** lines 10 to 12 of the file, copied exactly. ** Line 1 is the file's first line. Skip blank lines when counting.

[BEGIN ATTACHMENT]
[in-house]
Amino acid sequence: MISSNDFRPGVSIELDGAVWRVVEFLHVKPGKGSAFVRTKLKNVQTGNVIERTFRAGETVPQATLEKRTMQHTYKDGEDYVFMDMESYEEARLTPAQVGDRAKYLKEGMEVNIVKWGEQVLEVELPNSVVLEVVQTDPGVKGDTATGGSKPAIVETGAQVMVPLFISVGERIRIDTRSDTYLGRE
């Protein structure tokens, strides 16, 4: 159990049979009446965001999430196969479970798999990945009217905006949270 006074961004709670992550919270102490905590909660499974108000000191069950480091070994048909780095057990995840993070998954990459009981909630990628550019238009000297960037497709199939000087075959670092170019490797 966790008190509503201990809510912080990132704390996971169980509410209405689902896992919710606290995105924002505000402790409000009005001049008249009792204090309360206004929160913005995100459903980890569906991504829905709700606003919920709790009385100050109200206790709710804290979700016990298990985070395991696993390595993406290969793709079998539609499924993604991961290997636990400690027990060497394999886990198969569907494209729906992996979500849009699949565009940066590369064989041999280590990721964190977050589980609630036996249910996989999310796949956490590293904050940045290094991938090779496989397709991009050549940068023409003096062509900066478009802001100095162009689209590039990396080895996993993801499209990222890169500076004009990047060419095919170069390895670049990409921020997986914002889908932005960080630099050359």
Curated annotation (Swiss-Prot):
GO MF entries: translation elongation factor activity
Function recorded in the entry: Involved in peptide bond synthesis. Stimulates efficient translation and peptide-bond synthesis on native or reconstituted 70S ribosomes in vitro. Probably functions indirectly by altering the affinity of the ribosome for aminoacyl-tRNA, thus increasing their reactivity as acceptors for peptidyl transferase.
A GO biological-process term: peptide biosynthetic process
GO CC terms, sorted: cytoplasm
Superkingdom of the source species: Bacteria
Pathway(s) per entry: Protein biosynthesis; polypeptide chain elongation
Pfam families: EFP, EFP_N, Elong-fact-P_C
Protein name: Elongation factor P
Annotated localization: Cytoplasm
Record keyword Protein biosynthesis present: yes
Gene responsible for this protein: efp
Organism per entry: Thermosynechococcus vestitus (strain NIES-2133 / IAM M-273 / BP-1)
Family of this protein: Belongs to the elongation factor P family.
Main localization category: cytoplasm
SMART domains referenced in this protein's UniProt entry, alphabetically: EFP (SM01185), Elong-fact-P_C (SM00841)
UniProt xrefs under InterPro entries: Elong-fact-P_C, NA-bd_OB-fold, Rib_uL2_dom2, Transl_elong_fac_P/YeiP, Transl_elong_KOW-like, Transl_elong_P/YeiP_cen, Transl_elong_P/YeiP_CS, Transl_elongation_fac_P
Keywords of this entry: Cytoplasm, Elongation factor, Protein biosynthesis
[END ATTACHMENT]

Pathway(s) per entry: Protein biosynthesis; polypeptide chain elongation
Pfam families: EFP, EFP_N, Elong-fact-P_C
Protein name: Elongation factor P